This operation has been several times alluded to in connection with diseases of the urinary and generative systems. Its opportune performance may sometimes be the means of saving life, and of affording great relief in certain disorders, both in the male and female animal.
The male catheter (fig. 524) is an instrument some 4 feet in length, and composed of flexible material in order to accommodate itself to the curves over which it is required to pass on its way to the bladder.
It is hollow throughout its length, and commonly provided with a stilette of pliable material, such as whalebone. The end to be passed into the canal is provided with a nozzle of some harder substance, perforated in several places to admit the urine, and not therefore depending on a single orifice at the point, which may be blocked by mucus, blood, or other products of disease.
It may be passed when the animal is either standing or in a recumbent posture. If standing, the operator will adopt measures to secure his own safety, and take up a position on the horse's right side, where, with his left hand, he can seize the penis, and by exerting gentle but continuous traction overcome the resistance of the retractor muscles, and draw out the organ to its fullest extent. A little flour or meal upon the hand enables one the better to grasp and retain it, as the resistance is not inconsiderable, especially in stallions. The instrument, previously oiled, is then taken in the right hand and carefully introduced into the urethral canal. Provided no obstacle exists, such as a calculus from the bladder, it is advisable to push on with steady but continuous force until that viscus is reached. Should any opposition of the kind indicated be encountered, all effort to force the passage should cease, after a fair and reasonable attempt has been made to remove the obstruction. A careful operator will employ an assistant to watch the perineum and lightly press upon the part in order to direct the instrument over the curve of the pelvis, and give it a forward direction towards the bladder. It is important that the nozzle should reach as near as possible the. floor of the bladder, so that all the fluid may be drained oft"; care, however, must be exercised not to injure the organ by forcible contact.
Fig. 523. - Ecraseur.
Fig. 524. - Retention of Urine - Catheter inserted.
The stilette is next withdrawn, and a vessel held under the cup-shaped end of the instrument to receive the fluid. If no solid matters interrupt, the urine will flow as from a syphon in steady and continuous stream until but little is left behind; but it is generally considered advisable, where extreme distension has existed, to leave some portion of the fluid behind for a time, with the object of exciting contraction in the walls of the bladder and restoring its normal function.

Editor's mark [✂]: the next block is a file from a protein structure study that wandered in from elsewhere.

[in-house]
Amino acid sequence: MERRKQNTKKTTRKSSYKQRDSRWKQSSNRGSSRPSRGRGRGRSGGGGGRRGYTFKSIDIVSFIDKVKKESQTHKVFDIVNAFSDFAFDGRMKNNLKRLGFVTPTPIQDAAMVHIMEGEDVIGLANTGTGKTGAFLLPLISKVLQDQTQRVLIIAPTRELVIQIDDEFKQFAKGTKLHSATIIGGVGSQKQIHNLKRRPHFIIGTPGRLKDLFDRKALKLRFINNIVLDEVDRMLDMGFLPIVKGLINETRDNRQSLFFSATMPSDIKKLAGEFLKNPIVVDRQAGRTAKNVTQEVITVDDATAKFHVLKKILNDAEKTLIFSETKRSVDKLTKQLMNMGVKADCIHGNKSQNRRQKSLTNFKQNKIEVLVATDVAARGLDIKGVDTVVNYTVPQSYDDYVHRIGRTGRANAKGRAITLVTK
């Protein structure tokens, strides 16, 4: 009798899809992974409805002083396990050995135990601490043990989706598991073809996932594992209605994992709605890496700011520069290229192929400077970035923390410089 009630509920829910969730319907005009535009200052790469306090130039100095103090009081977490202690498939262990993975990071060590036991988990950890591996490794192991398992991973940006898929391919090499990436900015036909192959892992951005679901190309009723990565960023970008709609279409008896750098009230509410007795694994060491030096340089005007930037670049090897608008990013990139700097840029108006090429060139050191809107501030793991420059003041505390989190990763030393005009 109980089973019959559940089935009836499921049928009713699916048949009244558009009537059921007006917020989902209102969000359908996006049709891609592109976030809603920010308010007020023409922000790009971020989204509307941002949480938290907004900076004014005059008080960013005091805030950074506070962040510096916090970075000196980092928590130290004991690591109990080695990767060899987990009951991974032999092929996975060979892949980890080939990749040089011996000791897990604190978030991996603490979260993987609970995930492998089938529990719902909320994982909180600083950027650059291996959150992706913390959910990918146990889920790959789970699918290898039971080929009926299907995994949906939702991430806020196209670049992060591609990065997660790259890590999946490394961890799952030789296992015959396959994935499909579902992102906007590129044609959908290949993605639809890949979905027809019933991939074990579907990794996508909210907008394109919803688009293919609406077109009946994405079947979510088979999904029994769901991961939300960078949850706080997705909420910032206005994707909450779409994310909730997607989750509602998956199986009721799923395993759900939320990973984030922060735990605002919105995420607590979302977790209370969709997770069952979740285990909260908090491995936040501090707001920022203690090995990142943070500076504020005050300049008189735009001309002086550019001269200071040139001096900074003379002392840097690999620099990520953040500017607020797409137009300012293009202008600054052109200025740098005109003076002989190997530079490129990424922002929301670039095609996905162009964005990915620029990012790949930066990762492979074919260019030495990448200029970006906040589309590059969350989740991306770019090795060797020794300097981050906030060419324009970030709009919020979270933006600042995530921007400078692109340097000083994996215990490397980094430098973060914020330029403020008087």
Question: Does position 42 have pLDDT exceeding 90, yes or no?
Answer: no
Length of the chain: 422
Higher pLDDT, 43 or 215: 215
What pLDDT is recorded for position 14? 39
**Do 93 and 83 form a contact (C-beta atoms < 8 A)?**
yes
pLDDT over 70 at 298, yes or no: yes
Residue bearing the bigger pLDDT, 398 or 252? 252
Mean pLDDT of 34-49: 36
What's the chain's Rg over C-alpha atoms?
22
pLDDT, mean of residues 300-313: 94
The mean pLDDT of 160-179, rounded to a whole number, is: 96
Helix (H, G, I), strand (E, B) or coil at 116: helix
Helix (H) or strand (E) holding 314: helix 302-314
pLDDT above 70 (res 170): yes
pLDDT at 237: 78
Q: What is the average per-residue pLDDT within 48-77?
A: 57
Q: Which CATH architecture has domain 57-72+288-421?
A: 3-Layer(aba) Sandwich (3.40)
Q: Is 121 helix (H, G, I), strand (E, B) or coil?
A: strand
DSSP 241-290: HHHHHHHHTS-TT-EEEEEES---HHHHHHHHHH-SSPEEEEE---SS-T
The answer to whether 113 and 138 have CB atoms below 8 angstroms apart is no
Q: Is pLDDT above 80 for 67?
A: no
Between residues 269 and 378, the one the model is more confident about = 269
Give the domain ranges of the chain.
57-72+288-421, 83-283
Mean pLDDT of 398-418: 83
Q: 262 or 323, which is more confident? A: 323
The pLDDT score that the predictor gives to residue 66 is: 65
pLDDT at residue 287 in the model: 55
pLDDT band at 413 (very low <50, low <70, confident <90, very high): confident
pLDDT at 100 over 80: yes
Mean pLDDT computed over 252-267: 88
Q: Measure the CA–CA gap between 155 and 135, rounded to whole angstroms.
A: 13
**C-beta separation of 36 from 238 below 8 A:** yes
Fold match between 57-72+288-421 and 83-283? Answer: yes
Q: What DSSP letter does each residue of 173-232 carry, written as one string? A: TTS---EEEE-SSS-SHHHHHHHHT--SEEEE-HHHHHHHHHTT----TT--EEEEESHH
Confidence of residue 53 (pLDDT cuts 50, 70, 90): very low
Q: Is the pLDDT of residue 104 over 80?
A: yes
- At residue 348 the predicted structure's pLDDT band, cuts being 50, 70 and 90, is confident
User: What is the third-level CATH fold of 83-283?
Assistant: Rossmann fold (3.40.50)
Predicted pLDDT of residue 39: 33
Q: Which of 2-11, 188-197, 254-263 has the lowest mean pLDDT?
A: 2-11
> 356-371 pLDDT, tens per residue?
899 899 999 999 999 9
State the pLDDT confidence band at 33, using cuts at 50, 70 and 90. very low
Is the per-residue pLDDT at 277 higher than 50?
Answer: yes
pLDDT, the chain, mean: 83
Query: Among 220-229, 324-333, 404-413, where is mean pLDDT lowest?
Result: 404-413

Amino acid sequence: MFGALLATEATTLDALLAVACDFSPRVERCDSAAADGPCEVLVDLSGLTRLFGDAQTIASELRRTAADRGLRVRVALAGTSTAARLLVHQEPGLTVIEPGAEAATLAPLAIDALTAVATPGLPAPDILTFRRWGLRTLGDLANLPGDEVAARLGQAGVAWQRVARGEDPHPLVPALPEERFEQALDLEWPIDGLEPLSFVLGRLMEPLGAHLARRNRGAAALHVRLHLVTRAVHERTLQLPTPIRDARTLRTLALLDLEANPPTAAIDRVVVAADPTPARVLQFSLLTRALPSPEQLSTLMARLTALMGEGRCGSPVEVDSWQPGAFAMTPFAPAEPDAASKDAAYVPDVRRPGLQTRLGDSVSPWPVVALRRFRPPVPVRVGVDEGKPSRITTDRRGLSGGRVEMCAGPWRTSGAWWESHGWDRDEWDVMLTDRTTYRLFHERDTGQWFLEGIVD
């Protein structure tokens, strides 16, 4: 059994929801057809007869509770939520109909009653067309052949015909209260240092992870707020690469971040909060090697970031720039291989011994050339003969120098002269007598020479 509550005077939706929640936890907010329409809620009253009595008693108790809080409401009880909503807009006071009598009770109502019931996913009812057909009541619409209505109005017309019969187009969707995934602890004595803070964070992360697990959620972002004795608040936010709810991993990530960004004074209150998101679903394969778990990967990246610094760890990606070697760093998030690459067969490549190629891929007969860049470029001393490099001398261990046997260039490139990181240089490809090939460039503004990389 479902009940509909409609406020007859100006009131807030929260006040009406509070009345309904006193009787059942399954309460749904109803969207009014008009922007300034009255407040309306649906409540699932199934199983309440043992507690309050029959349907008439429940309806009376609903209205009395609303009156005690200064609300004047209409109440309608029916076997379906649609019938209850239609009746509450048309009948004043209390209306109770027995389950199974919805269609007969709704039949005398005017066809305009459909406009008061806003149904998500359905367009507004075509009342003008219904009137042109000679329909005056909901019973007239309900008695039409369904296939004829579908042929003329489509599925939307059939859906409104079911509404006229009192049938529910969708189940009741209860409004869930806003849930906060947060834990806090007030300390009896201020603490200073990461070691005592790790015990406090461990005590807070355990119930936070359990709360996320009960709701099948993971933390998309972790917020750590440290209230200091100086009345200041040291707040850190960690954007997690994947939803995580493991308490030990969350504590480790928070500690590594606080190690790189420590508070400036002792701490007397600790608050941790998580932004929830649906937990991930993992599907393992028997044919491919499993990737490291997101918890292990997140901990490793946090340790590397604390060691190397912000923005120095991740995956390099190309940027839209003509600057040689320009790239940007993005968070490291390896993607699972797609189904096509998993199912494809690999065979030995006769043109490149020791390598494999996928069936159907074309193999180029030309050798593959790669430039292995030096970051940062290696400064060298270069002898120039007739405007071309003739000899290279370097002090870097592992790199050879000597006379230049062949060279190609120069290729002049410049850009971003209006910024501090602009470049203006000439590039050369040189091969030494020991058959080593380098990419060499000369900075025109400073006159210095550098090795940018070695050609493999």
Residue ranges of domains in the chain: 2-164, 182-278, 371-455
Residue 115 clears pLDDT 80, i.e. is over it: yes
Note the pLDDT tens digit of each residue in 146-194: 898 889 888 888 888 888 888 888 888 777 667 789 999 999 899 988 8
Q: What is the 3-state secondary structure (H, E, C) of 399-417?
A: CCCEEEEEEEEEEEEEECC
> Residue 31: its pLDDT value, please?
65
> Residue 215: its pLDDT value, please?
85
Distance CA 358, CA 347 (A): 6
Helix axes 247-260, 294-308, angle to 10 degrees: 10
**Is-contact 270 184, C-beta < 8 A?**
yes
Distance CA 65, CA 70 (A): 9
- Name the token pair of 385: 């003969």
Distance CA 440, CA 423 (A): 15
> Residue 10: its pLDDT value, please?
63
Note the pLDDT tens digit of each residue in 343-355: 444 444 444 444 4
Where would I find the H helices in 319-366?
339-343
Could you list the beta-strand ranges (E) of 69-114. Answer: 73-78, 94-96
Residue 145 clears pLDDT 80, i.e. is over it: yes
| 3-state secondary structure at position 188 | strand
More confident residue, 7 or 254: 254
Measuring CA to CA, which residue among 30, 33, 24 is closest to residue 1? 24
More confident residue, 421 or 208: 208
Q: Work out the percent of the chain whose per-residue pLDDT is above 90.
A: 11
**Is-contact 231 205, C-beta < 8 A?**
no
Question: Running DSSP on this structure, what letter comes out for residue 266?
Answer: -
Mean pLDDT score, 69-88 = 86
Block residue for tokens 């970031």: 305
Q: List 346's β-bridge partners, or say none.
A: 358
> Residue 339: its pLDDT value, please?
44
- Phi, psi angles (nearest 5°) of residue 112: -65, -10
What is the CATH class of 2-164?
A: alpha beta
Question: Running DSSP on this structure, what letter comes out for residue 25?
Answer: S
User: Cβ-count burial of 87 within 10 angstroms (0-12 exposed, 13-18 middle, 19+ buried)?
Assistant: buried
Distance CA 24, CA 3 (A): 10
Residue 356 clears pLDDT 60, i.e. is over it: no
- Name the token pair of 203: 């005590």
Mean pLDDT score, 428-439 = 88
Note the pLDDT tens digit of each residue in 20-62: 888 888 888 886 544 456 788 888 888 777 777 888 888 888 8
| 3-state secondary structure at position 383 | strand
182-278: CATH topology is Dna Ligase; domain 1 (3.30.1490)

The catheter is now withdrawn, and if any meal or other substance has been used on the hands, the penis should be cleansed, and some simple unguent applied within the sheath to facilitate the extrusion of the organ in the act of micturition.
Fig. 525. - Insertion of Female Catheter.
A, Bladder. B, Catheter, c, Membranous fold overlapping the orifice of the bladder. D, Vagina.
E, Uterus. F, Rectum.
Among the chief disorders necessitating the employment of the catheter in the male animal may be mentioned retention of urine from stricture, enlargement of the prostate gland, the presence of calculi, injuries to the penis, morbid growths, inflammation of the bladder, and paralysis.
The female catheter (fig. 525) is a shorter instrument, and often composed of metal - a soft alloy, which will permit of slight bending. It is also made of caoutchouc, of cellulose, and other materials similar to those employed in the manufacture of male catheters. The orifice of the female bladder will be found on the floor of the vulva, about 4 to 6 inches from the labiae; an instrument, therefore, from 10 to 15 inches in length is found adequate for the purpose.
A fold of membrane slightly overlaps the opening, and when this is felt by the finger, the end of the catheter is directed to it and gently pressed forward and downward into the bladder.
Precautions for the safety of the operator are even more necessary in the case of mares than when attempting to withdraw urine from male horses (see Methods of Restraint).
The disorders calling for the use of the catheter in mares are, for the most part, the same as those for which it is employed in the male sex, but in addition there are troubles connected with the bringing forth of young which temporarily interfere with the passage of urine. Among these may be mentioned metritis, inflammation of the vagina after difficult and protracted labour, retention of the placental membranes, and maladies contracted in coitu.